While most Americans believe the Internet and social media have made it easier to be well-informed consumers and citizens, many are still skeptical about the trustworthiness of the information they find there. And with good reason. On Tuesday, a fake tweet sent from the hacked Associated Press account sent the Dow Jones Industrial Average down 143 points.
At 1:07 p.m. the Associated Press tweeted the following:
After dropping from 14,699 to 14,555, the Dow Jones Industrial Average recovered to 14,719 after the tweet was deemed to be inaccurate. The Associated Press issued a statement later that afternoon on their corporate website that said that the tweets coming out of the hacked account were false and that they were working to correct the problem as soon as possible.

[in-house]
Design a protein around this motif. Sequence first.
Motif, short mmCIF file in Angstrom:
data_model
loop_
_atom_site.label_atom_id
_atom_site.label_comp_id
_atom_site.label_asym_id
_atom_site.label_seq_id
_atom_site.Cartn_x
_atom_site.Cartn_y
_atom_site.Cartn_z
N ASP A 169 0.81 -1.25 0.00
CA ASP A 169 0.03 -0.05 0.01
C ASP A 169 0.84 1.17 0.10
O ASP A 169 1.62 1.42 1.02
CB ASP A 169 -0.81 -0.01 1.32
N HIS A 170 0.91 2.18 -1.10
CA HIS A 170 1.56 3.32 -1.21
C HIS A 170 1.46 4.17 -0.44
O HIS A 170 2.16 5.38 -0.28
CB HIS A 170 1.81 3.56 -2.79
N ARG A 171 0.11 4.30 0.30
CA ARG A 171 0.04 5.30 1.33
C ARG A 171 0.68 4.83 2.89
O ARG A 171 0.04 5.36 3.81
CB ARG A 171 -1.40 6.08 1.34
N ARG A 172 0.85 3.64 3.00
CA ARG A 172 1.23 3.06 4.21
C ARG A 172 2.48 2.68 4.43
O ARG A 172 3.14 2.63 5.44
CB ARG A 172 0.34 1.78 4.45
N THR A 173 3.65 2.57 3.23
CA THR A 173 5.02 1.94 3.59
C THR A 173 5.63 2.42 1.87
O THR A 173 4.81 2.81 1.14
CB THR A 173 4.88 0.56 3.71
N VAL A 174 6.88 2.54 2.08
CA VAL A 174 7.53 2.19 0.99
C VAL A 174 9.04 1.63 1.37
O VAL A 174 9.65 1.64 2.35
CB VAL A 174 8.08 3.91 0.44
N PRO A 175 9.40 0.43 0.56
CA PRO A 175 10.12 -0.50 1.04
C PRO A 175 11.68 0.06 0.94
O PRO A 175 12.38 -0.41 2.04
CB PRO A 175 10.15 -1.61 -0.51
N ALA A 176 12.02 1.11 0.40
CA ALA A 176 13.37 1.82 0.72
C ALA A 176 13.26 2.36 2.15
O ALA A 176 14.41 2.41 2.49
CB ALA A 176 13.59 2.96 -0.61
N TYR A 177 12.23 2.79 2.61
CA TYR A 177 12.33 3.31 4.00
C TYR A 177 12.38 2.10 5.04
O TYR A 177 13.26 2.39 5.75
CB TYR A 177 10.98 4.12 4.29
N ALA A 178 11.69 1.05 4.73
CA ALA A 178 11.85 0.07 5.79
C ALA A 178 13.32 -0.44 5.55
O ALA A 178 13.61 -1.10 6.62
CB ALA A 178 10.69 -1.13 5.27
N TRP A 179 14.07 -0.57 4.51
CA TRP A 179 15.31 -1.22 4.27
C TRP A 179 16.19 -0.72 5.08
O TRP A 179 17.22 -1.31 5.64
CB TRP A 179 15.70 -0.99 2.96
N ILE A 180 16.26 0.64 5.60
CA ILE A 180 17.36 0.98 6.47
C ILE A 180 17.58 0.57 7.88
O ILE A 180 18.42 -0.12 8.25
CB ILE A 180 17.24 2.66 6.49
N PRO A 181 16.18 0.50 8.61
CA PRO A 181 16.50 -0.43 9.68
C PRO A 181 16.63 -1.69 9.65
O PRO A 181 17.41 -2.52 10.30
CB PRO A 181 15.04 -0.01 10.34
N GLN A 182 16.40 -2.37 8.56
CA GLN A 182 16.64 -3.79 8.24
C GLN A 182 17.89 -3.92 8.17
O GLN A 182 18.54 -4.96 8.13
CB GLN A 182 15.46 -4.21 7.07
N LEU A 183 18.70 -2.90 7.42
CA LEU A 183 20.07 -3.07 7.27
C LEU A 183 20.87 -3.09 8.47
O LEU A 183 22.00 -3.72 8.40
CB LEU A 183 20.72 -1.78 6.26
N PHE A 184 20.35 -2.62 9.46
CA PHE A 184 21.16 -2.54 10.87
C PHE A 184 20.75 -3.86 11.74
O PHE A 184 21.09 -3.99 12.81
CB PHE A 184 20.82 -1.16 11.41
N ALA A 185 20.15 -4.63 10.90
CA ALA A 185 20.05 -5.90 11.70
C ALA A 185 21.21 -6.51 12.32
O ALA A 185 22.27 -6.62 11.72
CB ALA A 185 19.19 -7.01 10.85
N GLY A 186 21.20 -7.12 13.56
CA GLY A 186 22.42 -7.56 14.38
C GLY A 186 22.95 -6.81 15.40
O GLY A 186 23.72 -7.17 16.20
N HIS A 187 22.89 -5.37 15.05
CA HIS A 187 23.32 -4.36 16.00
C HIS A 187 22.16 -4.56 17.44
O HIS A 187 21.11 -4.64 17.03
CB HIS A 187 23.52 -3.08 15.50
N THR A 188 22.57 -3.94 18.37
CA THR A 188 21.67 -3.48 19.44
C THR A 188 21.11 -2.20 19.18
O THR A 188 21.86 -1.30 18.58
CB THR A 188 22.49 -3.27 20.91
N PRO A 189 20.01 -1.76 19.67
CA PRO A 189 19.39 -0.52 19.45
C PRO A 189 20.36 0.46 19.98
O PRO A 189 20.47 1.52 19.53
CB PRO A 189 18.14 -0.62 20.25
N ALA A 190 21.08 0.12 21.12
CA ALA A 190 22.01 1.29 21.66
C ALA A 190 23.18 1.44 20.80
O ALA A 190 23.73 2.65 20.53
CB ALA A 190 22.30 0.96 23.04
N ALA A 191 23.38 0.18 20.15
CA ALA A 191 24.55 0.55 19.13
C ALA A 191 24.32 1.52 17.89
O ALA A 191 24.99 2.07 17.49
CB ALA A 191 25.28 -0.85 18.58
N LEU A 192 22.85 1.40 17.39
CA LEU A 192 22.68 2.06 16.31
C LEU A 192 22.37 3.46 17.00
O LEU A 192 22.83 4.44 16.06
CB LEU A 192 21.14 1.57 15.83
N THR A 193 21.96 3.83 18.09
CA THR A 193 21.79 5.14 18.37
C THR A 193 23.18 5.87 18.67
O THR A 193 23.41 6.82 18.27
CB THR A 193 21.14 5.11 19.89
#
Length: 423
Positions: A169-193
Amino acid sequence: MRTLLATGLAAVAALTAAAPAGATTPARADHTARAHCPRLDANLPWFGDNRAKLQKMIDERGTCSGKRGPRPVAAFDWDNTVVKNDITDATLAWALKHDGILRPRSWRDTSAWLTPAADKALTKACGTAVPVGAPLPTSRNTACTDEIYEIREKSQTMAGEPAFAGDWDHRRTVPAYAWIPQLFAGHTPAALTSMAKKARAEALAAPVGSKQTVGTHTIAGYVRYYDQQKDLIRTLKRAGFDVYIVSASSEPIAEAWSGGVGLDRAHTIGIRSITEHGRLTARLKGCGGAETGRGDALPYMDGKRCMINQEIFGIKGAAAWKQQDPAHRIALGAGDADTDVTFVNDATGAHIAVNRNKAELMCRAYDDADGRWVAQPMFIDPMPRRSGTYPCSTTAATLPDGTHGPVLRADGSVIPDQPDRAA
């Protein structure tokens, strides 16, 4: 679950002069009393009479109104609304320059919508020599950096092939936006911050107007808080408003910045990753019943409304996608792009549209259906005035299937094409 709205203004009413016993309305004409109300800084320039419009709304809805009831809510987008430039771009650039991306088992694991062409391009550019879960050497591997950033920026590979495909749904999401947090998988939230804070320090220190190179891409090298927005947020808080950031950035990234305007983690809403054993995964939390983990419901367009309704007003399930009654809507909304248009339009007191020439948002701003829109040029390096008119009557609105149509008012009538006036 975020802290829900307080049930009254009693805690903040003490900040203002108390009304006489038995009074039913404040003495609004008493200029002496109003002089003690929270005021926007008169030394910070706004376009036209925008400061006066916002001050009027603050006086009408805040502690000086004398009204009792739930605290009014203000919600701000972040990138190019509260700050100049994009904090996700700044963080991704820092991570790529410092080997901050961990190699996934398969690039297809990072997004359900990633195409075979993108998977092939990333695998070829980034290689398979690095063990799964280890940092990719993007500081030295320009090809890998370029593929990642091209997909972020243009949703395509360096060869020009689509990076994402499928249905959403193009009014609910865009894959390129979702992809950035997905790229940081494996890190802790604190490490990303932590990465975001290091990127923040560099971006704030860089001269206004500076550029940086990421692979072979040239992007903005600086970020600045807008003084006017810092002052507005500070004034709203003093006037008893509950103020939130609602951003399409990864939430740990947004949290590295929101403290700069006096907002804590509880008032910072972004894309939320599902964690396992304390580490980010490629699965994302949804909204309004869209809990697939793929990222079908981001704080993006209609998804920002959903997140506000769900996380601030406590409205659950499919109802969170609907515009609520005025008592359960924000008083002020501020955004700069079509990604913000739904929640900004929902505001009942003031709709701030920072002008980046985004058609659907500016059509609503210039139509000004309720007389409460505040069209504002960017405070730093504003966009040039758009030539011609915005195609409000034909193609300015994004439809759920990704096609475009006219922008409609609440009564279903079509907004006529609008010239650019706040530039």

A group known as the Syrian Electronic Army claimed responsibility for hacking the AP’s account, which is now suspended.
In the age of cyberterrorism and hacking, this story is very important. It embodies the significance of not undermining technology’s role in our tightly linked global markets. Security breaches, such as this one, show how financial markets are highly vulnerable when investors are so quick to trade on news.
Peter Donovan, an oil-options broker working on the floor of the New York Mercantile Exchange, said some traders quickly exited positions after the erroneous report of a terrorist attack. “That sort of stuff gets our attention, as you can imagine… but was immediately met with skepticism. You’ve really got to be careful in those moments,” he said.
So next time you come across “breaking news” via social media, always approach it with some skepticism and don’t trade on it without verifying its credibility.